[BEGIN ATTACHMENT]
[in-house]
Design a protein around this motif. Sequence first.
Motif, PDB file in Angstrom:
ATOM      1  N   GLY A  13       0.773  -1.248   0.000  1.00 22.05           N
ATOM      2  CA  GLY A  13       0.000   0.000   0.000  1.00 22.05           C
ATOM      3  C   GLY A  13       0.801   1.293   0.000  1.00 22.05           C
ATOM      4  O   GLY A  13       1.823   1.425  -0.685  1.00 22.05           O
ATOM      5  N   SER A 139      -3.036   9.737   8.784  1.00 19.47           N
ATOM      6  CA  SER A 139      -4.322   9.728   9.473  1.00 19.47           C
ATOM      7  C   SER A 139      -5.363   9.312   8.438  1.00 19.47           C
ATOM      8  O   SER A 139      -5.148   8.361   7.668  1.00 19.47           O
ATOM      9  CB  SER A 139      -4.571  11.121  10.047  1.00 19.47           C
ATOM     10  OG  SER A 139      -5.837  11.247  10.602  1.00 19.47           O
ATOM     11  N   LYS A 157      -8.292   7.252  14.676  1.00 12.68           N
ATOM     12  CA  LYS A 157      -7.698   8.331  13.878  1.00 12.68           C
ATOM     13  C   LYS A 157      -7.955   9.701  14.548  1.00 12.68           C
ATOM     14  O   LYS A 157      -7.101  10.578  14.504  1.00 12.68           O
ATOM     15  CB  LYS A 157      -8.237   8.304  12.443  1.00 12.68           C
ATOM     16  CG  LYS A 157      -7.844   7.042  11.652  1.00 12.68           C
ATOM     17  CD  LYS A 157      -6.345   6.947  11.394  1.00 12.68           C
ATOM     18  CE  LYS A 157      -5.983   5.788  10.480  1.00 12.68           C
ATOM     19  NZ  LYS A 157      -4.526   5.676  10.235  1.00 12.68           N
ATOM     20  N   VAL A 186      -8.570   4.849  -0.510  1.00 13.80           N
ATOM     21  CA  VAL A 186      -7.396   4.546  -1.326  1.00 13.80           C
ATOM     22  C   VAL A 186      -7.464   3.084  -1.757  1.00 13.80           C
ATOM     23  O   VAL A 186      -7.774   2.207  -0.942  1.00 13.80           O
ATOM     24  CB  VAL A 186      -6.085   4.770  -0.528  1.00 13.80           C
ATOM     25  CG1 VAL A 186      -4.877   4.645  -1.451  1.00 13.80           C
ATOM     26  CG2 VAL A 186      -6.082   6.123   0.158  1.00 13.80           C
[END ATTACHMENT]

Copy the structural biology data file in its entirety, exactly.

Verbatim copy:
[in-house]
Design a protein around this motif. Sequence first.
Motif, PDB file in Angstrom:
ATOM      1  N   GLY A  13       0.773  -1.248   0.000  1.00 22.05           N
ATOM      2  CA  GLY A  13       0.000   0.000   0.000  1.00 22.05           C
ATOM      3  C   GLY A  13       0.801   1.293   0.000  1.00 22.05           C
ATOM      4  O   GLY A  13       1.823   1.425  -0.685  1.00 22.05           O
ATOM      5  N   SER A 139      -3.036   9.737   8.784  1.00 19.47           N
ATOM      6  CA  SER A 139      -4.322   9.728   9.473  1.00 19.47           C
ATOM      7  C   SER A 139      -5.363   9.312   8.438  1.00 19.47           C
ATOM      8  O   SER A 139      -5.148   8.361   7.668  1.00 19.47           O
ATOM      9  CB  SER A 139      -4.571  11.121  10.047  1.00 19.47           C
ATOM     10  OG  SER A 139      -5.837  11.247  10.602  1.00 19.47           O
ATOM     11  N   LYS A 157      -8.292   7.252  14.676  1.00 12.68           N
ATOM     12  CA  LYS A 157      -7.698   8.331  13.878  1.00 12.68           C
ATOM     13  C   LYS A 157      -7.955   9.701  14.548  1.00 12.68           C
ATOM     14  O   LYS A 157      -7.101  10.578  14.504  1.00 12.68           O
ATOM     15  CB  LYS A 157      -8.237   8.304  12.443  1.00 12.68           C
ATOM     16  CG  LYS A 157      -7.844   7.042  11.652  1.00 12.68           C
ATOM     17  CD  LYS A 157      -6.345   6.947  11.394  1.00 12.68           C
ATOM     18  CE  LYS A 157      -5.983   5.788  10.480  1.00 12.68           C
ATOM     19  NZ  LYS A 157      -4.526   5.676  10.235  1.00 12.68           N
ATOM     20  N   VAL A 186      -8.570   4.849  -0.510  1.00 13.80           N
ATOM     21  CA  VAL A 186      -7.396   4.546  -1.326  1.00 13.80           C
ATOM     22  C   VAL A 186      -7.464   3.084  -1.757  1.00 13.80           C
ATOM     23  O   VAL A 186      -7.774   2.207  -0.942  1.00 13.80           O
ATOM     24  CB  VAL A 186      -6.085   4.770  -0.528  1.00 13.80           C
ATOM     25  CG1 VAL A 186      -4.877   4.645  -1.451  1.00 13.80           C
ATOM     26  CG2 VAL A 186      -6.082   6.123   0.158  1.00 13.80           C